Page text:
However, this view of scripture and tradition was not universally accepted within the Church. Throughout the history of the Church, movements have arisen within the Catholic Church or alongside of it which have disputed the official interpretation of the Scriptures. The leaders of these movements were often labeled heretics and their doctrines were rejected. According to Irenaeus, the Judaistic Ebionites charged less than one hundred years after the Apostles that the Christians overruled the authority of Scripture by failing to keep the Mosaic Law. Later, Arius (250-336), once he had been made a presbyter in Alexandria, began arguing that the Catholic Tradition concerning the deity of Christ was an invention of men not found in Scripture and not believed by the early Christians. The Catholic Church held that when disagreements over Scripture arise, the correct interpretation of the Bible will be consistent with how the Church authorities have believed in the past, as revealed by the Ecumenical Councils, the writings of the Apostles of Jesus and Fathers of the Church, the decisions of the Bishops of Rome and similar sources of Tradition. Irenaeus (Greek: Εἰρηναῖος), (b. ... The Ebionites (Greek: Ebionaioi from Hebrew; , , the Poor Ones) were an early Jewish Christian sect that lived in and around the land of Israel in the 1st to the 5th century CE.[1] Without authenticated archaeological evidence for the existence of the Ebionites, their views and practices can only be... Topics in Christianity Movements · Denominations Ecumenism · Preaching · Prayer Music · Liturgy · Calendar Symbols · Art · Criticism Important figures Apostle Paul · Church Fathers Constantine · Athanasius · Augustine Anselm · Aquinas · Palamas · Luther Calvin · Wesley Arius · Marcion of Sinope Pope · Archbishop of Canterbury Patriarch of Constantinople Christianity Portal This box:      For other uses, see Twelve Apostles... Tanakh (‎) (also Tanach, IPA: or , or Tenak) is an acronym that identifies the Hebrew Bible. ... This article is about theological views like those of Arius. ... Events Diophantus writes Arithmetica the first systematic treatise on algebra. ... Events January 18 - Marcus elected pope. ... Nickname: Alexandria on the map of Egypt Map of Alexandria Coordinates: , Country Egypt Founded 334 BC Government  - Governor Adel Labib Population (2001)  - City 3,500,000 Time zone EET (UTC+2)  - Summer (DST) EEST (UTC+3) Twin Cities  - Baltimore  United States  - Cleveland  United States  - ConstanÅ£a  Romania  - Durban  South Africa... Topics in Christianity Movements · Denominations Ecumenism · Preaching · Prayer Music · Liturgy · Calendar Symbols · Art · Criticism Important figures Apostle Paul · Church Fathers Constantine · Athanasius · Augustine Anselm · Aquinas · Palamas · Luther Calvin · Wesley Arius · Marcion of Sinope Pope · Archbishop of Canterbury Patriarch of Constantinople Christianity Portal This box:      An Ecumenical Council (also sometimes Oecumenical... Topics in Christianity Movements · Denominations Ecumenism · Preaching · Prayer Music · Liturgy · Calendar Symbols · Art · Criticism Important figures Apostle Paul · Church Fathers Constantine · Athanasius · Augustine Anselm · Aquinas · Palamas · Luther Calvin · Wesley Arius · Marcion of Sinope Pope · Archbishop of Canterbury Patriarch of Constantinople Christianity Portal This box:      For other uses, see Twelve Apostles... The Church Fathers or Fathers of the Church are the early and influential theologians and writers in the Christian church, particularly those of the first five centuries of Christian history. ... Popes buried in St. ...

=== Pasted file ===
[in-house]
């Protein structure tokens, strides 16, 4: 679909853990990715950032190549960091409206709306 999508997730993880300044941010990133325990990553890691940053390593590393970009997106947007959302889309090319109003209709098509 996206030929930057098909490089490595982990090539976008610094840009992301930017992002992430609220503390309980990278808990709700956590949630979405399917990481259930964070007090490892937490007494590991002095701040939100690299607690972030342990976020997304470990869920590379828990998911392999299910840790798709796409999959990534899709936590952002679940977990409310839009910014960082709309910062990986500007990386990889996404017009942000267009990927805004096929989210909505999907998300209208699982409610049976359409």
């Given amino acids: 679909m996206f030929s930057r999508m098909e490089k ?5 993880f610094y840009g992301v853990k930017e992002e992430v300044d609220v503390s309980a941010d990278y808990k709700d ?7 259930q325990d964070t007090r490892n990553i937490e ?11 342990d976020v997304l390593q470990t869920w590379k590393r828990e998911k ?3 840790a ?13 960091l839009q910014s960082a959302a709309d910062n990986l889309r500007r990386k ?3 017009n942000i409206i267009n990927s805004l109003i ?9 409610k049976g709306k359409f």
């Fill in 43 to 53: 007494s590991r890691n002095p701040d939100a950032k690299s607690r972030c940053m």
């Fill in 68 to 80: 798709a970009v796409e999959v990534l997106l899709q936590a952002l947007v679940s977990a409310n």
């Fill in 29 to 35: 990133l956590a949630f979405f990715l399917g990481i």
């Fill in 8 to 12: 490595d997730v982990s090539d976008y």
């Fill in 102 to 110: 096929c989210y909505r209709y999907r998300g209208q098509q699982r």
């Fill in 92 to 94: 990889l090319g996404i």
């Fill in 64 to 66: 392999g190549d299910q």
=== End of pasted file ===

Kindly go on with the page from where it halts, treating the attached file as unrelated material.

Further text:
However, the Reformers believed some Catholic tradition to be very seriously in conflict with the Scriptures: especially, with regard to teaching about the Church itself, but also touching on basic principles of the Gospel. They believed that no matter how venerable the traditional source, traditional authority is always open to question by comparison to what the Scriptures say. The individual may be forced to rely on his understanding of Scripture even if the whole tradition were to speak against him. This, they said, had always been implicitly recognized in the Church, and remains a fail-safe against the corruption of the Church by human error and deceit. Corruptions had crept in, the Reformers said, which seriously undermined the legitimate authority of the Church, and Tradition had been perverted by wicked men. (For more on a Protestant perspective, compare The Shape of Sola Scriptura.) For other uses, see Gospel (disambiguation). ...


Sola scriptura is a doctrine that is not, in the words of the Westminster Confession of Faith 1.6 "expressly set down in scripture". However, it passes the second test of being part of "the whole counsel of God" because it is "deduced from scripture" "by good and necessary consequence", citing passages such as Isaiah 8:20: "To the law and to the testimony: if they speak not according to this word, it is because there is no light in them.". Jesus is also typically understood by Protestants, as expressly nullifying unscriptural traditions in the (Jewish) church, when he says, for example in Mark 7:13: "thus making void the word of God by your tradition that you have handed down. And many such things you do."